Liver, Kidneys, Heart, and Spleen

Organ meats get separated at the time of gutting to keep it out of contact with the intestines, bowel and bladder contents

Innards are what my daughter calls “man’s food”.  In other words, “I’m not eating that”.  But you can eat it and it’s really quite nutritious.  We save the liver, kidneys, heart and spleen.  I’ve never cooked a spleen before, but I found a recipe so we’ll see.  

The liver is the easiest to find because it’s the biggest.  When you find the liver you should immediately find the green wobbly bit.  This is the gallbladder, it’s full of gall.  Gall is really gross.  If the gallbladder is cut, everything the dark green gall gets on has to be thrown away.  It’s very bitter, very bad.  I’ve read that Native Americans used to put the gall on the liver intentionally and eat it raw, and I wonder if anyone ever checked to see if they were just playing a joke.

After you have removed the gallbladder cut the lobes of the liver apart a bit and cut out all the really big duct work as this can often be filled with small amounts of gall too.  Then cut the liver in 1/2 inch thick slices and freeze it.  Fry it with about an equal portion onions and serve to men for lunches.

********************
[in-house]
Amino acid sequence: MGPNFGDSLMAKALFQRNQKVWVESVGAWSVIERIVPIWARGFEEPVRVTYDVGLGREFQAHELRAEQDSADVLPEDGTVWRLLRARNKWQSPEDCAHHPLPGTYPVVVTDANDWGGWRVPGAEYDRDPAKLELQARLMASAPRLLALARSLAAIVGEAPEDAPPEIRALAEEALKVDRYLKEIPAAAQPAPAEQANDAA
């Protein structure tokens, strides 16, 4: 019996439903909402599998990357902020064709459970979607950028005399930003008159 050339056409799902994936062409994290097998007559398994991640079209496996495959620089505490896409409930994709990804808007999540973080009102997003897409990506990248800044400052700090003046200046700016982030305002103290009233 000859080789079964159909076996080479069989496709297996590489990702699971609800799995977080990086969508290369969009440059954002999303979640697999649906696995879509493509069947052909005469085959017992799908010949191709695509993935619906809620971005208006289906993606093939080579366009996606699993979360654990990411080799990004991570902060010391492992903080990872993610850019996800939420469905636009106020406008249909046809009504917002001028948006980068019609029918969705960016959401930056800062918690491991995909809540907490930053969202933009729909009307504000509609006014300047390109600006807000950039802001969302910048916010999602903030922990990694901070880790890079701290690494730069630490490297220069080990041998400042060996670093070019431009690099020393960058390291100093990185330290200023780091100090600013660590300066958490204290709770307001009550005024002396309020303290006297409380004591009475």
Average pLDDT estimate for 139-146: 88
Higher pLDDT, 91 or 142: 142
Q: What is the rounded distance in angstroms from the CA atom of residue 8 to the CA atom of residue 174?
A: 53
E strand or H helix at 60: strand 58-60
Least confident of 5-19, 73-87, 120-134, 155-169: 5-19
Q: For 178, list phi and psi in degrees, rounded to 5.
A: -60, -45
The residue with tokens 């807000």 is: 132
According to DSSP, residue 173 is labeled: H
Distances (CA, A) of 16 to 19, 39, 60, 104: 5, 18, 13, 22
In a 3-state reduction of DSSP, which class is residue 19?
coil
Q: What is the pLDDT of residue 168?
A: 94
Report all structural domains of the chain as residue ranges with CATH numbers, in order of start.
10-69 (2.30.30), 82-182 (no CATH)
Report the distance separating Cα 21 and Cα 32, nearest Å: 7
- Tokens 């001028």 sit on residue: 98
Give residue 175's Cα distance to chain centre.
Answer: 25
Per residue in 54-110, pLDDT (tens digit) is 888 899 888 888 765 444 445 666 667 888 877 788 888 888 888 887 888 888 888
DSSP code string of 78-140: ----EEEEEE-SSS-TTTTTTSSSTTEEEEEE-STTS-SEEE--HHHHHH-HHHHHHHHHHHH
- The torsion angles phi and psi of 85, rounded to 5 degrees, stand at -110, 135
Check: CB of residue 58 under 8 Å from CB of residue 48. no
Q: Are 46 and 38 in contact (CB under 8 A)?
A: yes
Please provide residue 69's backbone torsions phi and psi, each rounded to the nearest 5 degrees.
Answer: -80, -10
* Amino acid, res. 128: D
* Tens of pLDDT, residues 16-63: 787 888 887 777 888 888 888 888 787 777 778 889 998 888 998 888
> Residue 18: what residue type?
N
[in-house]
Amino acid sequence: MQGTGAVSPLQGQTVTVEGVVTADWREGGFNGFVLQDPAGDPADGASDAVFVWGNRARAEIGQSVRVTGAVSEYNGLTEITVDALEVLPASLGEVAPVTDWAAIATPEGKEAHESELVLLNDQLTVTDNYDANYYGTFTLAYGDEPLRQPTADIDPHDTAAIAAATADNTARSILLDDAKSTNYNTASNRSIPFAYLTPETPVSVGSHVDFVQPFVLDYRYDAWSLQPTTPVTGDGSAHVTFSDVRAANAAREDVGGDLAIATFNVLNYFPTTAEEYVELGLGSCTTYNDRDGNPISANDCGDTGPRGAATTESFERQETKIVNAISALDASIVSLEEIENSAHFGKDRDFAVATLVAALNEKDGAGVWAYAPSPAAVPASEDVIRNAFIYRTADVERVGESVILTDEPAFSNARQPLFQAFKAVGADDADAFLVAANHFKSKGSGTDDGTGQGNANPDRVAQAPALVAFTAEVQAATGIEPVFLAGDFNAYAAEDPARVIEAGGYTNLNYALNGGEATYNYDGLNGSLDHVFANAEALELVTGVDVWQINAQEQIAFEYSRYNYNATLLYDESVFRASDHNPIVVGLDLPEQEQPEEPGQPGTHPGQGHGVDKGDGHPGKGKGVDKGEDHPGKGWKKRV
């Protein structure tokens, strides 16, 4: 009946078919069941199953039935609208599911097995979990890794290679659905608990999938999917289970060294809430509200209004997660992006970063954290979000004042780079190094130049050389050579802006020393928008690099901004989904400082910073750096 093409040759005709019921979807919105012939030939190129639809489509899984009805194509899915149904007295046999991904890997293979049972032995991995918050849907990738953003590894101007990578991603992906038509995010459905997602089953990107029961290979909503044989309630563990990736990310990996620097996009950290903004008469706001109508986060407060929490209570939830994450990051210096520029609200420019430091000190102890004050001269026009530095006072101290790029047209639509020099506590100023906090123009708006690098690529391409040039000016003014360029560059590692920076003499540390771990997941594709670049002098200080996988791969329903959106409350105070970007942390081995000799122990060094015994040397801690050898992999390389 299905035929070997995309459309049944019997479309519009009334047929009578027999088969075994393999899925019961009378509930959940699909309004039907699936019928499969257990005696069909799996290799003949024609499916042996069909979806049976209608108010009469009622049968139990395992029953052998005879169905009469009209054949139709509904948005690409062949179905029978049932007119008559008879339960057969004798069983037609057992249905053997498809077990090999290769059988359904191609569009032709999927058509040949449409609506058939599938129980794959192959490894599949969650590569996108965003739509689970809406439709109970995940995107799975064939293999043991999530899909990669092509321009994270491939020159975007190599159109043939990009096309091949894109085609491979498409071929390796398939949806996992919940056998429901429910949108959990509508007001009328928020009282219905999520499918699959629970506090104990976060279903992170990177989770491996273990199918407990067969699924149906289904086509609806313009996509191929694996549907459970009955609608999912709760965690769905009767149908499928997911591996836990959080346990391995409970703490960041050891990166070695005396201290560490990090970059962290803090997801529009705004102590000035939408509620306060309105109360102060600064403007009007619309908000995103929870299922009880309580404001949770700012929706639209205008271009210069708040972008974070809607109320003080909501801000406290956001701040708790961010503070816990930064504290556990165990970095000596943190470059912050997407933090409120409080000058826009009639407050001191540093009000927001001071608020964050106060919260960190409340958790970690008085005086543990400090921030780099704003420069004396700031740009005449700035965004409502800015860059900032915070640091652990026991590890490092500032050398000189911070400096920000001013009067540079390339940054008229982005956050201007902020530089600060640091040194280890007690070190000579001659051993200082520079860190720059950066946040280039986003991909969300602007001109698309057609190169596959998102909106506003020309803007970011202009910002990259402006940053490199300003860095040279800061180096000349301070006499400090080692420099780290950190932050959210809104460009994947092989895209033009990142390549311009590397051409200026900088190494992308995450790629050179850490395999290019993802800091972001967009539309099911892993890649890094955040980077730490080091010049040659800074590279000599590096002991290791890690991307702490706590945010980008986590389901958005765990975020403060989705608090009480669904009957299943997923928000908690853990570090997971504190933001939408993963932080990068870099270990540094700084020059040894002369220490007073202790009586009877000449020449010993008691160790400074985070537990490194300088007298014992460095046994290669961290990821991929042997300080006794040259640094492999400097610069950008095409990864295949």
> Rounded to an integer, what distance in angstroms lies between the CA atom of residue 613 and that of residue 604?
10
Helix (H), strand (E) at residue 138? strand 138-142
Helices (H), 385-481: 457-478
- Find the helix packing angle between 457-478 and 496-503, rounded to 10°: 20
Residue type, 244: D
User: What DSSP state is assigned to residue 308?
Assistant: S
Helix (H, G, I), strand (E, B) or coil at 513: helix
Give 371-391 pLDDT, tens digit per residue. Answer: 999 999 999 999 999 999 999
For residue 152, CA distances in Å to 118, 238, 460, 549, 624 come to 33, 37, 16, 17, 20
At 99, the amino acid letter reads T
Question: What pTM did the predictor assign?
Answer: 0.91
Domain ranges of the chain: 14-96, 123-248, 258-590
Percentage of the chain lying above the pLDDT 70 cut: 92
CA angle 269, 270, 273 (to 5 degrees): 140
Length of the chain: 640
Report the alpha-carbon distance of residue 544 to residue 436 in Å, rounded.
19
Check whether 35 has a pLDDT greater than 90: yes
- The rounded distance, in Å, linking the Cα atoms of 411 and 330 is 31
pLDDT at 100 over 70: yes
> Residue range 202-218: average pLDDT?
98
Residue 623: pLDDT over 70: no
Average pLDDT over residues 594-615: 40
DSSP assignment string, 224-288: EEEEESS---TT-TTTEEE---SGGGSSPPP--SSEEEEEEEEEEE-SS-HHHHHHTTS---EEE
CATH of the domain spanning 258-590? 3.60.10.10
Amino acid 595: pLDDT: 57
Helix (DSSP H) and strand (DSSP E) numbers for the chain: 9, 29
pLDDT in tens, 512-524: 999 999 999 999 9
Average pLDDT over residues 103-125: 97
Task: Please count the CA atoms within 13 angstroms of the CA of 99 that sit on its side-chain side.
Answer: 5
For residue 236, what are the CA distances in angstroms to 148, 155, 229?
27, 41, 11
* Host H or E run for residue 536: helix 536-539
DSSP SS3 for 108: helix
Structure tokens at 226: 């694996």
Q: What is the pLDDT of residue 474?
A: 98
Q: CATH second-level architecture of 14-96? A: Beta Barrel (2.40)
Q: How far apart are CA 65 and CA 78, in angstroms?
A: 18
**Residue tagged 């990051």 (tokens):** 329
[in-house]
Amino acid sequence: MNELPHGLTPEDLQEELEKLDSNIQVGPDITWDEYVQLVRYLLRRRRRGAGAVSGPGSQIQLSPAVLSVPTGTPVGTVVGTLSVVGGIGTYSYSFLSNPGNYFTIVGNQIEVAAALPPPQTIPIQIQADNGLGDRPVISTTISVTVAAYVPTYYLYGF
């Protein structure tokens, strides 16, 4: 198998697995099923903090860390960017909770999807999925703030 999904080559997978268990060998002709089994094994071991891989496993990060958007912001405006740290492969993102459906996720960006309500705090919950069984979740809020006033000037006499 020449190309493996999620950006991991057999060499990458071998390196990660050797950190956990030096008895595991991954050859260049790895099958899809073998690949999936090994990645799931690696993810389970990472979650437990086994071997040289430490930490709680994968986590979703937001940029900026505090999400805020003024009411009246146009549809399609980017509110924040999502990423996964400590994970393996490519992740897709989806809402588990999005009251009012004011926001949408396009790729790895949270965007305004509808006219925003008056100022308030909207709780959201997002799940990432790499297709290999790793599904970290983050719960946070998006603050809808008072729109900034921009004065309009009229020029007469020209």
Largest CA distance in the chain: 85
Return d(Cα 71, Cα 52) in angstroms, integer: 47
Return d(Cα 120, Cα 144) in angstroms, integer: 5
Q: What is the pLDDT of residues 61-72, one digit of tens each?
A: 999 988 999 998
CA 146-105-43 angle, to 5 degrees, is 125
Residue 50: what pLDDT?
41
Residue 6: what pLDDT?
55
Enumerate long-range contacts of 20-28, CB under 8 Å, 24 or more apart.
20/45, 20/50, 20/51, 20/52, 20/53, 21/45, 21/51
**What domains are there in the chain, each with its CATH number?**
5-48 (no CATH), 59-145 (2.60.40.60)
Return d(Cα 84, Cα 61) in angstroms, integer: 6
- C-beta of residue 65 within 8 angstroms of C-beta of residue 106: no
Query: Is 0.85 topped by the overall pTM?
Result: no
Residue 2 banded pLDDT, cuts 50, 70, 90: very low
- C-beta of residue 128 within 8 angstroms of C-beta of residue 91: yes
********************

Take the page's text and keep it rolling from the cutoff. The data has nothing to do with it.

Liver, cleaned of the gallbladder and duct work.

The heart needs to be opened fairly soon after killing and all the chambers washed out as they are like to have clotted blood in them even if the animal was bled out well.  At this point I also cut off all the tubes at the top since no one wants to see that.  The heart is a very tough muscle regardless of the age of the animal.  Its fibers go all different ways so it should be cut into small pieces squares of about 1/2 inch or so and fried somewhat slower than the liver. 

The spleen and kidneys can be treated about the same as the liver, but without the gallbladder to worry about there are no special instructions.  You just fry it all with onions.

Tomorrow is the big day when we turn hog into pork.  Come see us tomorrow if you’ve ever wondered, “What is jowl bacon?”, or “What can I do with this head?”

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